The Old Man of Hoy, maybe the most famous E1 out there. It definitely won’t be my first (I actually don’t think I ever want to climb it given erosion and climbing surely only further likely to add to its demise)

So this one has two potential measurable outputs. I’m currently working toward my Rock Climbing Instructor Assessment, so logging enough climbs for that would be one measure of improvement. Leading an E1 - graded climb would be awesome too, but I don’t want to get fixated by grades so am not massively fussed if this one doesn’t materialise.

5. Maintain road running fitness to run a sub-3 hour marathon.

After completing the Shakespeare marathon last April off the back of bugger all training. I’ll endeavour to do more in the run up to Bonn this year.

I’ve learned from last year. Running anything quicker is unrealistic, so this year is about maintaining. I’m entered into the Bonn Marathon in April, so a sub-3 there is the goal. With impending nail surgery in February and a far-from-fixed lifestyle preceding it though, it might be tricky. I’ll give it a shot though!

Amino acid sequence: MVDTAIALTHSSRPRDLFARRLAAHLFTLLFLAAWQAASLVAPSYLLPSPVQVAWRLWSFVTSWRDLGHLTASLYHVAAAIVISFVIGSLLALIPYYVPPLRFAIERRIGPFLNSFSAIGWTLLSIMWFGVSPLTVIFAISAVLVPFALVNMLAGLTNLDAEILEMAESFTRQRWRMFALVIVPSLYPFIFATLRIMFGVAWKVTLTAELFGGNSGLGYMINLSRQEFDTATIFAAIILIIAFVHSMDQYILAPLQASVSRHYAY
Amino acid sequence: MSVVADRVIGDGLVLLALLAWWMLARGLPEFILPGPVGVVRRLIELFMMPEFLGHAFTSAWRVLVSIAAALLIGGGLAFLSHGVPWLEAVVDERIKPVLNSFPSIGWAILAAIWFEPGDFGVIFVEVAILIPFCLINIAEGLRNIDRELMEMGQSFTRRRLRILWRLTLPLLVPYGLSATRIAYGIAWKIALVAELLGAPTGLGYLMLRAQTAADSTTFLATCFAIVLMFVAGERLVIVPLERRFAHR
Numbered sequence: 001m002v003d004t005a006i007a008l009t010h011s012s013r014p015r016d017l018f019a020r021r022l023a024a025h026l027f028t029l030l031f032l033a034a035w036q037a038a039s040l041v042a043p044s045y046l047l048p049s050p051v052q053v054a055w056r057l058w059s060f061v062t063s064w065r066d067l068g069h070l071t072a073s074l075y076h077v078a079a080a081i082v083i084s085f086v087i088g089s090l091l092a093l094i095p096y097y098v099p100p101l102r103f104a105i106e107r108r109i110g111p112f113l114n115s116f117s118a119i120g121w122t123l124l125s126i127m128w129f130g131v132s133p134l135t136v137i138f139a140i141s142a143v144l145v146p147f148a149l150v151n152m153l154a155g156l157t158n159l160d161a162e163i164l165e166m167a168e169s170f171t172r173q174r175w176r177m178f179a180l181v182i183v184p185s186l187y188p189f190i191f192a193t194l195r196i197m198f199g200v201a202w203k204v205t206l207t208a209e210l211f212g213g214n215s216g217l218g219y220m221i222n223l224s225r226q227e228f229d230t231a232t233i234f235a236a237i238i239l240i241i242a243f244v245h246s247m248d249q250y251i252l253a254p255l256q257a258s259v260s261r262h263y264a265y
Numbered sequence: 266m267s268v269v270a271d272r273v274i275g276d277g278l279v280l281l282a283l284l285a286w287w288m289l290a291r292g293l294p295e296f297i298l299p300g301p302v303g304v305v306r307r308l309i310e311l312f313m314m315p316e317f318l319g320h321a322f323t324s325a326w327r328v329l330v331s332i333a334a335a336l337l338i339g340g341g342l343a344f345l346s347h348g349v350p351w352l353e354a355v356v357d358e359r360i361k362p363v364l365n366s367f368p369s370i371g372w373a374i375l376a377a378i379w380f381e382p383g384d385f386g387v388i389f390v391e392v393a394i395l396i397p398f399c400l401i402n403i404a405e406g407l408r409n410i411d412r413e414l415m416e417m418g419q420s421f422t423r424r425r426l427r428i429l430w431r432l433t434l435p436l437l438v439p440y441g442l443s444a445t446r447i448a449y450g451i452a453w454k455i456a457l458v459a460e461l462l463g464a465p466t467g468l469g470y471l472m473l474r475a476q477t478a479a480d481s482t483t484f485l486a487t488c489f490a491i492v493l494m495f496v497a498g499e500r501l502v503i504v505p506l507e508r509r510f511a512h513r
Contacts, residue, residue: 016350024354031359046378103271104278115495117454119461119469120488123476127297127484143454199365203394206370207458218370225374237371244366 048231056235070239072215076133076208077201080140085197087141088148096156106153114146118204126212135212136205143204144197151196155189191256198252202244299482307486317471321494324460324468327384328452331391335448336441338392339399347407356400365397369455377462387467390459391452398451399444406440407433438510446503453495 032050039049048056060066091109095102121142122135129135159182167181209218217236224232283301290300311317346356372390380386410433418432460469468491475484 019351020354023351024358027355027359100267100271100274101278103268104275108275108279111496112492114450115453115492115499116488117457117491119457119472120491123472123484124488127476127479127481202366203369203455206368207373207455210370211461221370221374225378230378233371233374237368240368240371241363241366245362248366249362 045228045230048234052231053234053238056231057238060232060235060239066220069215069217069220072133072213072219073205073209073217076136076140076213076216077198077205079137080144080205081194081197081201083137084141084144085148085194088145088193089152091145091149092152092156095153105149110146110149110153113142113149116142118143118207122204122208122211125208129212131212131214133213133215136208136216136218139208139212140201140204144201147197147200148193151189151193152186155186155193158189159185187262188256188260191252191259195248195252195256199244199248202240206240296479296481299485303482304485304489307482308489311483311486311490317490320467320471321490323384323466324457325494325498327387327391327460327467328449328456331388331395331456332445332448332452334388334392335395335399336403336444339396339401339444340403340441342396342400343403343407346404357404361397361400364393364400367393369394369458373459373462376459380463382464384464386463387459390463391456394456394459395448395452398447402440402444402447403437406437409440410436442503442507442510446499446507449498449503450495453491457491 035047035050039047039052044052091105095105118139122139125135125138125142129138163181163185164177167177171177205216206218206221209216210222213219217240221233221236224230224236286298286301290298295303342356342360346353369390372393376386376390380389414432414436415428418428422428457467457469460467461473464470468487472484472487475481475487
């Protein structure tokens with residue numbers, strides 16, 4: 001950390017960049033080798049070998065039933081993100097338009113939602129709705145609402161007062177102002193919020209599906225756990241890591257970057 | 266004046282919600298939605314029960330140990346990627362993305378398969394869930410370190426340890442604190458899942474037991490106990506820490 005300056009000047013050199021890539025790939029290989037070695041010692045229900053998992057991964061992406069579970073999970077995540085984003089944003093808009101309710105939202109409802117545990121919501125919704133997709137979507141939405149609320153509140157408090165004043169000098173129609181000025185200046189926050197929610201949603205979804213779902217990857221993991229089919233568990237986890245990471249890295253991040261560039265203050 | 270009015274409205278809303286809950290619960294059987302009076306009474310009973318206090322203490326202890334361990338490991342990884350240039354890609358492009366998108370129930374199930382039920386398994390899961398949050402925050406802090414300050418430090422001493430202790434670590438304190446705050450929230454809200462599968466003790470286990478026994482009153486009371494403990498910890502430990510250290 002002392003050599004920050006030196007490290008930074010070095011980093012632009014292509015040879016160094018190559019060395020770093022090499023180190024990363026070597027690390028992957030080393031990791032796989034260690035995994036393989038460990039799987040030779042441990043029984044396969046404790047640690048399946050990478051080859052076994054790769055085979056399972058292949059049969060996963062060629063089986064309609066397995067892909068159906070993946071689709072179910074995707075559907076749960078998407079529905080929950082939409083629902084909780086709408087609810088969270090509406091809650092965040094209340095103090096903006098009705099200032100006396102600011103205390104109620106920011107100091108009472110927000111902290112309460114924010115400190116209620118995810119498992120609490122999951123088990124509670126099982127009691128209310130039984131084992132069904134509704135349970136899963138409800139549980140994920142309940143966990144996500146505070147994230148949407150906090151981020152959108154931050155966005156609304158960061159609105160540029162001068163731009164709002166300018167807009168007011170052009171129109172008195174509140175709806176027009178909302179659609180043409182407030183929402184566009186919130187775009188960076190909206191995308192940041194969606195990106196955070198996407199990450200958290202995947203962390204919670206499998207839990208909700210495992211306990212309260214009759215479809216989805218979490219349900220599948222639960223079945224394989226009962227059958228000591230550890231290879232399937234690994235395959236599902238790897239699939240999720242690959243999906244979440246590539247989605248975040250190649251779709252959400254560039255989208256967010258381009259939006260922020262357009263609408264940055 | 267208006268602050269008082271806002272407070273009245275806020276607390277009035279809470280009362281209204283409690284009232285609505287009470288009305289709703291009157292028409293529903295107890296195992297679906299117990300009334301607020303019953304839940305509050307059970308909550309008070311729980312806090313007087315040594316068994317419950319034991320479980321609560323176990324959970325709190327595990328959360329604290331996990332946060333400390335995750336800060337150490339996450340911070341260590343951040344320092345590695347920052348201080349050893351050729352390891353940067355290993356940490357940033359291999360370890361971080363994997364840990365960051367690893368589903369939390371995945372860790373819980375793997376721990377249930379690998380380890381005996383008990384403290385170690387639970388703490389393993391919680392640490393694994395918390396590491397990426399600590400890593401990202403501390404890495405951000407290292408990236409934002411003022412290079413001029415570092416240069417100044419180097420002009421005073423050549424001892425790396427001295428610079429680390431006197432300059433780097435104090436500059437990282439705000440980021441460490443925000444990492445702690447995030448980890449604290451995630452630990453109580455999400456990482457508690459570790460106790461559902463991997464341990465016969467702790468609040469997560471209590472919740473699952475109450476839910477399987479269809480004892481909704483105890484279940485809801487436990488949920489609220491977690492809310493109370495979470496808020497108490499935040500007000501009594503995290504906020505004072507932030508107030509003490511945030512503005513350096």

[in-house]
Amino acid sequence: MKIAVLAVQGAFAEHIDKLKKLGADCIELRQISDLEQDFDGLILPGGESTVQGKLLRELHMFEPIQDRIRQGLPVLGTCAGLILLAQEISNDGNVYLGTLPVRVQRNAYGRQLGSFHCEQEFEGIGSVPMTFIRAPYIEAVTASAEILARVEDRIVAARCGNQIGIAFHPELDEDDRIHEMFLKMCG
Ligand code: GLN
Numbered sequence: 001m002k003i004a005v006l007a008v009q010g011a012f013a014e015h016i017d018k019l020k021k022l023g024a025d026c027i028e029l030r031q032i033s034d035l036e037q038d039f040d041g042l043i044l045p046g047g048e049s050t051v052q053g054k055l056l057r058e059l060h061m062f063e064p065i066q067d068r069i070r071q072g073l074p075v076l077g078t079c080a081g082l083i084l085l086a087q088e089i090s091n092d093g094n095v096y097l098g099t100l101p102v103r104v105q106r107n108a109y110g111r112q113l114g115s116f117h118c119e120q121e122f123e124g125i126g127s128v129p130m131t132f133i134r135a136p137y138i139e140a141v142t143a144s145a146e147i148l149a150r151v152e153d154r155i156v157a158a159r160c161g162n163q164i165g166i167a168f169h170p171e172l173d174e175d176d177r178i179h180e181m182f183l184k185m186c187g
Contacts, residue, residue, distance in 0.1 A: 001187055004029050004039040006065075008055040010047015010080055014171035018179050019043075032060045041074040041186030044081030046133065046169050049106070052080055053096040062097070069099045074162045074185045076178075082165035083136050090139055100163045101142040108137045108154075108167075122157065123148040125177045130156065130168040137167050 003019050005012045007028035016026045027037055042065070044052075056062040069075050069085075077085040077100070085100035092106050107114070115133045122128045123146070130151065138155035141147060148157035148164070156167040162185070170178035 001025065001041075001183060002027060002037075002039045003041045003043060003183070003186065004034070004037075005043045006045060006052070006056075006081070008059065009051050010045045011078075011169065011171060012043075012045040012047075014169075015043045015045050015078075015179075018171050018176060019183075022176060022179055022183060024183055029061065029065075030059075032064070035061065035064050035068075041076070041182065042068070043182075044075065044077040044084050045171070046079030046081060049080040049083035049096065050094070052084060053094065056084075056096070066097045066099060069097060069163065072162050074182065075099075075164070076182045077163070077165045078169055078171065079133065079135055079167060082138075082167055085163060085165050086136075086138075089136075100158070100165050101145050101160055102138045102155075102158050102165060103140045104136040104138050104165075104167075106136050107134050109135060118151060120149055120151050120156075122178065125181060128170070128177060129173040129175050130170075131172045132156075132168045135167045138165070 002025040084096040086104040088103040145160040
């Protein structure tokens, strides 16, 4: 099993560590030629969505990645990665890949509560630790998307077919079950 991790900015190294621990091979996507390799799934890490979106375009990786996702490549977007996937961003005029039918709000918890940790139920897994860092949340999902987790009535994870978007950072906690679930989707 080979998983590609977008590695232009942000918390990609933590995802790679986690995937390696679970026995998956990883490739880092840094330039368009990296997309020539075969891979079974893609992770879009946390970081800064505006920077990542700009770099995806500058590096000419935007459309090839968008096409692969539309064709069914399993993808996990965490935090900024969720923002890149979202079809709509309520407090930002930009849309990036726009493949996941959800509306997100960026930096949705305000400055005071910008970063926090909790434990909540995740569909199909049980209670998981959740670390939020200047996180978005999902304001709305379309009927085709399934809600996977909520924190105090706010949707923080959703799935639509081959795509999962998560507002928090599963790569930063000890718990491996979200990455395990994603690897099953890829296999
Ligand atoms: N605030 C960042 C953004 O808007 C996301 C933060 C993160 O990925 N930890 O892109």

6. Write more about adventures and find ways to inspire others to achieve their goals.

I used to write more about running and adventures, and had a few pieces published (see the Portfolio page for a few examples), but have recently not prioritised it. This year I’d like to reach out to more folk, to engage with others about their goals, and help them to realise their potential. Writing more is one way to do this, as is having good communication with the people I guide on hikes. I’ll try to be creative and find other ways too.

7. Adopt slower, more sustainable travel options for adventures.

Sofie waiting for the Flixbus at Paris on our way out to Chamonix, with duffel bags full to the brim for company.

This should arguably be #1. I firmly believe we in the outdoorsy community can and should do more to reduce our impact, to behave responsibly and refuse to jump on cheap flights when possible. It’s not always easy, especially if time and/or money is tight, but I want to explore alternative travel options to flying at each and every opportunity. This means looking specifically at: